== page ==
In mid June with the help of Joe Hejnal and Kevin Seelbach, we extended the leak pipe to obtain flow measurements on the leak in the dam. With the help of Clarue and Marty Holland on June 25 we measured the flow rate of the leak. For multiple tests it took 2.5 to 3.0 sec to fill a 12.5 gal container. This puts the leak flow rate at 250-300 GPM. This compares to a reported leak rate in 1988 of 50-60 GPM. So the flow rate today is about five times what it was in 1988.
So how much drop in the level of the lake is due to the leak? Lake Tish is a 120 acre lake, so a leak rate of 250-300 GPM will lower the lake about 1 inch per week or 4 inches per month.
On Friday July 6 dam engineer Don Eskridge was brought in to make observations on our dam and discuss what options we have with regard to the leak. Don knows much of the history of our dam and was involved with the installation of the seepage collector in 1988.
Here is a short summary of what he said:
There are two problems associated with the increase in the leak flow rate from 50 GPM in 1988 to 300 GPM in 2007.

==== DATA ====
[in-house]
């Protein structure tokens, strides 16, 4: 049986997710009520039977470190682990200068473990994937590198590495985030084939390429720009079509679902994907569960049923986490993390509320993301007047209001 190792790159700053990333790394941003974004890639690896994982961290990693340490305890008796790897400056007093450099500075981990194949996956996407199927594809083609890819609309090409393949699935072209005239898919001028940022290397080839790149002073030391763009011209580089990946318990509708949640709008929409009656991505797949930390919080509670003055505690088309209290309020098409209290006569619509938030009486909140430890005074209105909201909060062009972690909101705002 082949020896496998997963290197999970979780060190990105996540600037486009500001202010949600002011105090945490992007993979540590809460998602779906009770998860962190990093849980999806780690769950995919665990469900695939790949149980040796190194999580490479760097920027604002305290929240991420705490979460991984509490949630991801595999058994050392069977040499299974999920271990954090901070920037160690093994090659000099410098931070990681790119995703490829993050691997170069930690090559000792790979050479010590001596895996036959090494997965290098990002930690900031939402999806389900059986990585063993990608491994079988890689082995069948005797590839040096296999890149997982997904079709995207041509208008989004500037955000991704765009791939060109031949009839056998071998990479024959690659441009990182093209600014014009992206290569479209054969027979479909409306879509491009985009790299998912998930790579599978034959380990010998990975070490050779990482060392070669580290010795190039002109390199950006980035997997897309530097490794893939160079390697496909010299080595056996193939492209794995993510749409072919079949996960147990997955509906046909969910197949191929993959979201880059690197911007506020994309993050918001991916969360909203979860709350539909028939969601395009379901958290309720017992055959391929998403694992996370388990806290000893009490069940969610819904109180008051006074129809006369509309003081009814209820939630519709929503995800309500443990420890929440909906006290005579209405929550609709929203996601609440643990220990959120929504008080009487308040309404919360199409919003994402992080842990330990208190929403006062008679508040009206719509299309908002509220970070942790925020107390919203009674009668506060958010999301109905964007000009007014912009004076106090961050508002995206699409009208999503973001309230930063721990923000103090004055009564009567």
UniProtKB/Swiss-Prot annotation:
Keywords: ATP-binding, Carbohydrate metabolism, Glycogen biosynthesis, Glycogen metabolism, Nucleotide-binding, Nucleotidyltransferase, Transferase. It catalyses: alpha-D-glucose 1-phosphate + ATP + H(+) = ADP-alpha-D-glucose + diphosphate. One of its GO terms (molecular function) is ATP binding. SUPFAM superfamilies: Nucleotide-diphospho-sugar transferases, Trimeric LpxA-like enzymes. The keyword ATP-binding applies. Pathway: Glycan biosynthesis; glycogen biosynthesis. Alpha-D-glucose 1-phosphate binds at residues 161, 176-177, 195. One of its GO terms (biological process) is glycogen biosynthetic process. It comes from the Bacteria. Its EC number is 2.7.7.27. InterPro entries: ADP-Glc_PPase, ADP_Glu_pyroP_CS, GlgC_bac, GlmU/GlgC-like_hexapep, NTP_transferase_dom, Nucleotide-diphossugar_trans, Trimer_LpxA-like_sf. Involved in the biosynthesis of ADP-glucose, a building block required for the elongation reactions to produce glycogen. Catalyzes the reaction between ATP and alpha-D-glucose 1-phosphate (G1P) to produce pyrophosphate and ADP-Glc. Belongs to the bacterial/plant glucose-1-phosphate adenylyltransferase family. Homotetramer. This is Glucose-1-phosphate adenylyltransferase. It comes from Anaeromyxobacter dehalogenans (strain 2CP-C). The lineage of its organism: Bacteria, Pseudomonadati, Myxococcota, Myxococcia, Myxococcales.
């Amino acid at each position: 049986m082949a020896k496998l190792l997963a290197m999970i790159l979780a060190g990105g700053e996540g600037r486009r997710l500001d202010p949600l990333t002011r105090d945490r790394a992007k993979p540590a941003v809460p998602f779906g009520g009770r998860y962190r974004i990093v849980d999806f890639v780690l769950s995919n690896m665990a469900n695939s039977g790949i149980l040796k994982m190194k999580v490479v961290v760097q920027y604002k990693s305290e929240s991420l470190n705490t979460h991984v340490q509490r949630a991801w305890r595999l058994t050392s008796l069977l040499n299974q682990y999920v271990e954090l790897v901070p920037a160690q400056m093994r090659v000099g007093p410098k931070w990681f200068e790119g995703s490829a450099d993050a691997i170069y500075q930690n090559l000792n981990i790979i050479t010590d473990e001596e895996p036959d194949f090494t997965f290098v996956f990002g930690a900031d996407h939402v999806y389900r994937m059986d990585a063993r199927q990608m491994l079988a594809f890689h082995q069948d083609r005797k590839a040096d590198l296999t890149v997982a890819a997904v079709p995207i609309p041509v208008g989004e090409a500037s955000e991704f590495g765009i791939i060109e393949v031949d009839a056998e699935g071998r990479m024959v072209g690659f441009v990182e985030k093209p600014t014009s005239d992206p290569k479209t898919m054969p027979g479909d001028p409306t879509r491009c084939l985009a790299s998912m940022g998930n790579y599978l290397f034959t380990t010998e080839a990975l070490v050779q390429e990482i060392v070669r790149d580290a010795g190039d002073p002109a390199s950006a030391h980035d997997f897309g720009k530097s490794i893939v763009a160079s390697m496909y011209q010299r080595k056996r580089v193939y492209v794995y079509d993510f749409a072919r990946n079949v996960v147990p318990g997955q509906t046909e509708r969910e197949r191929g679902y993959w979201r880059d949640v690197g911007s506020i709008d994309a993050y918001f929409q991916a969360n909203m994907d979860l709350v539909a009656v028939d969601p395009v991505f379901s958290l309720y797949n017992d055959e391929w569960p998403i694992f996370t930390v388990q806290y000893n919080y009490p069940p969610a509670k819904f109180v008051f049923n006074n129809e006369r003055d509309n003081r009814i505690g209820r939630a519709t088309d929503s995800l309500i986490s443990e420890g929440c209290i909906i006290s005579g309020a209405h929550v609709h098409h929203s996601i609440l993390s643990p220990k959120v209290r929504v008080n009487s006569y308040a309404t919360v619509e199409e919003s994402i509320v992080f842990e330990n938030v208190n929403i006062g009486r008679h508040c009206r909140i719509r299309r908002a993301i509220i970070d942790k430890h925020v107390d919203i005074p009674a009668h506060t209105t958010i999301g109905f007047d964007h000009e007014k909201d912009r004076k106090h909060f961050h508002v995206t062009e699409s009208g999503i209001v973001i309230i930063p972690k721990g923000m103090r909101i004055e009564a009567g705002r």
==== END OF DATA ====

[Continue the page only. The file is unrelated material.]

The first is that we may be approaching the limit of the seepage collector. If the capacity of the seepage collector is exceeded, water will start to seep out of the back of the dam, rather than be carried harmlessly to the toe of the dam as it is now. Water seeping out of the back of the dam would be of immediate concern and require immediate action.
The second problem with such a high flow rate is water conservation. At the current leak rate, the lake level will drop one inch in 7.5 days due to the leak. But even if we completely stop the leak the lake level will still drop. Additional water is lost thru evaporation and other minor leaks thru the back of the dam and the spillway. For 7 hot, rainless days in July the lake level dropped 2.25 inches. Based on measurements the leak is only responsible for 40% of this drop.
Don concluded by saying that as long as there is not a dramatic increase in leak rate or the leak water becomes muddy, we should have one or two years to build a reserve fund to repair the dam. But we have to do something in the next few years since the leak will not fix itself and will only get worse.
A report of this meeting will be prepared soon.
-- Rich Hirsch for the Dam Committee